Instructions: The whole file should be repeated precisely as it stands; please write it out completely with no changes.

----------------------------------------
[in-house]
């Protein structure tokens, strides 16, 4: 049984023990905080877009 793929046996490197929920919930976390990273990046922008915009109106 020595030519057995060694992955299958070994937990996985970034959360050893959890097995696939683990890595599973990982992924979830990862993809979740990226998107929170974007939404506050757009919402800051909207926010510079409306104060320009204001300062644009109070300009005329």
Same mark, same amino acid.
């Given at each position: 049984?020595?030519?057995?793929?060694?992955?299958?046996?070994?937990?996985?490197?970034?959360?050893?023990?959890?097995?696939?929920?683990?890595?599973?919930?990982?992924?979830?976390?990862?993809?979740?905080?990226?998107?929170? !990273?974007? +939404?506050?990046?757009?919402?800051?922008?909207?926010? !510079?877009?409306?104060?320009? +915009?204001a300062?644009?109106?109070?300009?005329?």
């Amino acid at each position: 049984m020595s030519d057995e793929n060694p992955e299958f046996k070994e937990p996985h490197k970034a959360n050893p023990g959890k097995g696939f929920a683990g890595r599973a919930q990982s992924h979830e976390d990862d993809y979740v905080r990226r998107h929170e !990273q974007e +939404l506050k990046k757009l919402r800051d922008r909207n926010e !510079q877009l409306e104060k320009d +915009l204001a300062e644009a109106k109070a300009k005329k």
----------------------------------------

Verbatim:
[in-house]
């Protein structure tokens, strides 16, 4: 049984023990905080877009 793929046996490197929920919930976390990273990046922008915009109106 020595030519057995060694992955299958070994937990996985970034959360050893959890097995696939683990890595599973990982992924979830990862993809979740990226998107929170974007939404506050757009919402800051909207926010510079409306104060320009204001300062644009109070300009005329």
Same mark, same amino acid.
């Given at each position: 049984?020595?030519?057995?793929?060694?992955?299958?046996?070994?937990?996985?490197?970034?959360?050893?023990?959890?097995?696939?929920?683990?890595?599973?919930?990982?992924?979830?976390?990862?993809?979740?905080?990226?998107?929170? !990273?974007? +939404?506050?990046?757009?919402?800051?922008?909207?926010? !510079?877009?409306?104060?320009? +915009?204001a300062?644009?109106?109070?300009?005329?």
């Amino acid at each position: 049984m020595s030519d057995e793929n060694p992955e299958f046996k070994e937990p996985h490197k970034a959360n050893p023990g959890k097995g696939f929920a683990g890595r599973a919930q990982s992924h979830e976390d990862d993809y979740v905080r990226r998107h929170e !990273q974007e +939404l506050k990046k757009l919402r800051d922008r909207n926010e !510079q877009l409306e104060k320009d +915009l204001a300062e644009a109106k109070a300009k005329k």